New comics Monday, Wednesday, and Friday!
Dee Yun: (contact-deleteme[at]-deleteme-direman [dot] com) 2013-06-10 05:30:39
Always Online Reaction
In an effort to engender a positive vibe ahead of E3, Microsoft has clarified several issues regarding the Xbox One.
Yes, the Xbox One requires an internet connection. It needs to ping a signal once every 24 hours, or it will shut down the ability to play games. Other media functions will not be affected; only games will be unavailable without that connection.
This is insignificant unless you have no internet access, in which case the Xbox One is completely useless as a gaming device. It doesn't affect me at all, and actually provides me the benefit of skipping the laborious effort of swapping game discs. (Games will now install completely onto the hard drive.) The game license is linked to your account, and you can play it anywhere you can log in and access the game data.
There will be no fee for transferring game ownership.*
You'll be able to sell used games to that glorified pawn shop network known as GameStop. Microsoft won't charge an activation fee. Nothing effectively changes. You can give the game to a buddy who's been on your Live Friends list for at least a month - I need explicit clarification, but I don't think a physical disc is even necessary. Bring on the digital age!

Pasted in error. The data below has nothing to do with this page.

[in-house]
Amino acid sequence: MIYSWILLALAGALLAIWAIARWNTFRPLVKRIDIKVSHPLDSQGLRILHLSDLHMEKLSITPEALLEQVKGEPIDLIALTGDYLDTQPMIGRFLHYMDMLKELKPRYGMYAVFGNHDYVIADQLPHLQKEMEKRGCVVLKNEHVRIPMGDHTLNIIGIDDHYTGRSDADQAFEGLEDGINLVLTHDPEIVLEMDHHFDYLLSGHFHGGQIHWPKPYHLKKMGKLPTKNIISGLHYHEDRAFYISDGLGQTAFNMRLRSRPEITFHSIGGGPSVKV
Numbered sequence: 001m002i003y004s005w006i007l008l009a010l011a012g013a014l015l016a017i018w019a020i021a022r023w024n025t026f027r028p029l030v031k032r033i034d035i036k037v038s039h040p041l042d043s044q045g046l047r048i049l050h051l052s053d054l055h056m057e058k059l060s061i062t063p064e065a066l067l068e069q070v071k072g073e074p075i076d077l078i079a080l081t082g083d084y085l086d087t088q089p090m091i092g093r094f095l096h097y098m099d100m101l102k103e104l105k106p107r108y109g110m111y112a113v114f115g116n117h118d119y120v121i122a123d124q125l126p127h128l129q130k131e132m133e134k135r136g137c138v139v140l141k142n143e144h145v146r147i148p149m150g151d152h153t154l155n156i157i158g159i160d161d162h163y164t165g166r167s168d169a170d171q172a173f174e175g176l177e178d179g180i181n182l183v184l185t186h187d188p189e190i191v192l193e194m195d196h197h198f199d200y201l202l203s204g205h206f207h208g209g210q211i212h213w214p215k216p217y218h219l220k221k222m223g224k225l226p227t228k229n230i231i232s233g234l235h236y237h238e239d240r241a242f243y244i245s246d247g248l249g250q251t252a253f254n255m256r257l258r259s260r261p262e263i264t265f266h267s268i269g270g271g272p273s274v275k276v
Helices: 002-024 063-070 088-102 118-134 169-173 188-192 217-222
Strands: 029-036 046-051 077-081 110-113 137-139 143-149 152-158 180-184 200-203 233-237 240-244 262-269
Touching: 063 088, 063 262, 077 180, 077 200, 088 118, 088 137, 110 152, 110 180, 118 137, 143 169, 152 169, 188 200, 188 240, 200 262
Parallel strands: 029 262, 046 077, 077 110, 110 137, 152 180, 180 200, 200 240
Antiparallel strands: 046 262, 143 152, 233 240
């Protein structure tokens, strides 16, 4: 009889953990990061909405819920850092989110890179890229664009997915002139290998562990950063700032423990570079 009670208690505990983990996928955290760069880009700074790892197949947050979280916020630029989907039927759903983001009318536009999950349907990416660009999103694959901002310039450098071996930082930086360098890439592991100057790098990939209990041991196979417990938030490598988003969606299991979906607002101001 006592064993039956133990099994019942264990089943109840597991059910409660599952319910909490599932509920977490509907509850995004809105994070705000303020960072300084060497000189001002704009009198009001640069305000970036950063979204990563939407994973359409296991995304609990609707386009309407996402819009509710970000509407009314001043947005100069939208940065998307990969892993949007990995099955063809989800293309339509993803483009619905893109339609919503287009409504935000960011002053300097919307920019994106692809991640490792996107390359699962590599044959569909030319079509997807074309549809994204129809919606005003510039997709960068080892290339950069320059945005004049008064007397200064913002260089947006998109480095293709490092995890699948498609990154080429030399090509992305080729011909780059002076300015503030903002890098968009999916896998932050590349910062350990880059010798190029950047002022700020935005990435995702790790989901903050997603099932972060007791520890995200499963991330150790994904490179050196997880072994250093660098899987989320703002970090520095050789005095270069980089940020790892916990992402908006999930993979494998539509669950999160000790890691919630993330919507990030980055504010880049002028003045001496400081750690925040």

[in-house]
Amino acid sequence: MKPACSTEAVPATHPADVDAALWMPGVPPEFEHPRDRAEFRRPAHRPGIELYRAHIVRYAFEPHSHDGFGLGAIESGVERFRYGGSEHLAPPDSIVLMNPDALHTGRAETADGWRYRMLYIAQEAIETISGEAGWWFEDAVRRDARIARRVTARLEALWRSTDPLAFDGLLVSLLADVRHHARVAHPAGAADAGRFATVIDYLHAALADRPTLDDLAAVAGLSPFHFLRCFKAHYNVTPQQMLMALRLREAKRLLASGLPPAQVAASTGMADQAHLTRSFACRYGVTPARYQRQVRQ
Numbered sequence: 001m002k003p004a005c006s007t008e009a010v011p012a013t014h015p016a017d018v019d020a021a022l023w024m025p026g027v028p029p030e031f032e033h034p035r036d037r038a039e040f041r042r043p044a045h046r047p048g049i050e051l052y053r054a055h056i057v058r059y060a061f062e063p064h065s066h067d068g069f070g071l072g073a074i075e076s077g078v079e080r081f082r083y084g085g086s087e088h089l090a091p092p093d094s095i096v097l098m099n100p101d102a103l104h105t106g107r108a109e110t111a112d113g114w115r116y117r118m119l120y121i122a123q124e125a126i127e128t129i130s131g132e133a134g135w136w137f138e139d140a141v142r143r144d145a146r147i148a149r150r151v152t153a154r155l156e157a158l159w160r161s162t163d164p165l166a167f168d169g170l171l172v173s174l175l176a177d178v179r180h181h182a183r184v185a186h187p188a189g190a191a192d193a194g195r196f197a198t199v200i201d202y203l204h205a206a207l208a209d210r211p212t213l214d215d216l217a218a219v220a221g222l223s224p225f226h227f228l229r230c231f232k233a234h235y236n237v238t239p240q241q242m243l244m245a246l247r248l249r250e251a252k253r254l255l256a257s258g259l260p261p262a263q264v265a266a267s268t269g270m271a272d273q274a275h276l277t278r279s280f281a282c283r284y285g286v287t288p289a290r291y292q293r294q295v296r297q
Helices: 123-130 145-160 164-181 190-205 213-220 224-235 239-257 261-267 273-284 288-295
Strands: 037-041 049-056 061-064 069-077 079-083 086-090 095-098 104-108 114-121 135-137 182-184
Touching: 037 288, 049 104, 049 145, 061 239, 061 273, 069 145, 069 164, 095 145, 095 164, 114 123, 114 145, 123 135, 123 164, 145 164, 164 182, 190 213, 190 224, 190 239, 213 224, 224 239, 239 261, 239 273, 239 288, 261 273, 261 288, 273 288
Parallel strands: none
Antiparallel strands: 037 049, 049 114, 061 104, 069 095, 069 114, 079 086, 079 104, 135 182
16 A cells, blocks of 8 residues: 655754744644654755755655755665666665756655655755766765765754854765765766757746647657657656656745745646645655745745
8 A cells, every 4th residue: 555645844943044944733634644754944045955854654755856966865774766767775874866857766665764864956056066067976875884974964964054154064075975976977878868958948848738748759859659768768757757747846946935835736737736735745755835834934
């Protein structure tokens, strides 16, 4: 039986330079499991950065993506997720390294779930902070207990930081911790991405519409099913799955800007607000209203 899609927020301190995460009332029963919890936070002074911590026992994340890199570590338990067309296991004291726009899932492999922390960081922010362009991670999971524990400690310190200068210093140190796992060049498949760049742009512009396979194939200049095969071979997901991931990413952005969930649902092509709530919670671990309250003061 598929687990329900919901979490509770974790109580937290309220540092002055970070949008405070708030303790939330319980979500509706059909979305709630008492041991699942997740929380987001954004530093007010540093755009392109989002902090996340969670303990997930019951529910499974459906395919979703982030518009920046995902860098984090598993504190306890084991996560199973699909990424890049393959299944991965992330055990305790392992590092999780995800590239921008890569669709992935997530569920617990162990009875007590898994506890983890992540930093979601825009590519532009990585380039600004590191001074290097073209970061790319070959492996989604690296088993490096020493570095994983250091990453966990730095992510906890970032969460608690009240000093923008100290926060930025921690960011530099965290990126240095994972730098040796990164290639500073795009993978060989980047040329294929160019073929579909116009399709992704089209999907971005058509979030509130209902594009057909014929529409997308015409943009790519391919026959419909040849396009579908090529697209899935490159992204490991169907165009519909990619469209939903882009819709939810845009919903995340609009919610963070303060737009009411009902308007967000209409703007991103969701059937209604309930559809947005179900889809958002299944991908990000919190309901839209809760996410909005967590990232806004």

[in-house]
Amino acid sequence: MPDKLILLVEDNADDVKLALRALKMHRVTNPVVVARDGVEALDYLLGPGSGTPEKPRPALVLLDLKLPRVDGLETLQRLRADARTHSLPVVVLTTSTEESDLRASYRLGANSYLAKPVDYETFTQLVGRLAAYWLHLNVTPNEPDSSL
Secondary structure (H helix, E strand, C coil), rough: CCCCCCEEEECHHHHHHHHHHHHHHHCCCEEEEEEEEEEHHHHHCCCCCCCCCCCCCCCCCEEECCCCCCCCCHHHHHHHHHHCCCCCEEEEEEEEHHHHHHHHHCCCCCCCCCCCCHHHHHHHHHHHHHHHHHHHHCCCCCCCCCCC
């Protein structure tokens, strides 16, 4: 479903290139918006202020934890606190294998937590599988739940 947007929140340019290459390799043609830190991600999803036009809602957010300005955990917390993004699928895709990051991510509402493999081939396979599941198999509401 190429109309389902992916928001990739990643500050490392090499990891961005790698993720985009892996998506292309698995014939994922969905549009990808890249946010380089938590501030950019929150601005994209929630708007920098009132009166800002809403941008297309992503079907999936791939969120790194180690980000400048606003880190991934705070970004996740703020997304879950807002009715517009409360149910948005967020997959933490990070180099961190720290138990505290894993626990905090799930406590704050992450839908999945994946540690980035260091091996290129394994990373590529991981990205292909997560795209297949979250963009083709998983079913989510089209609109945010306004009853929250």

Third party publishers may decide to prohibit used sales to retailers, or arrange licensing fees.
*So well, okay yeah, the possibility of license transfer fees exist. But third party publishers seem to be vigorously stepping away from the internet heat as well. I'd actually be encouraged if they opted in, and got a piece of that hot and dirty pawn shop action. It's not like GameStop could charge higher rates (they only knock all of $5 off used big titles as it is), and if it fosters a healthier development environment, I'm all for that. We wouldn't notice any difference in this scenario, and that filthy lucre would be coming out of GameStop's pockets.
Uh, "no comment" on game rentals or just loaning games to friends.
Microsoft should get on that. It probably doesn't make much business sense to enable friends to easily loan games, but rental outlets like GameFly are good for everyone involved.
Software Slump picks the Top 5 Games of This Generation. I think I'll post a slight rebuttal over there shortly as well.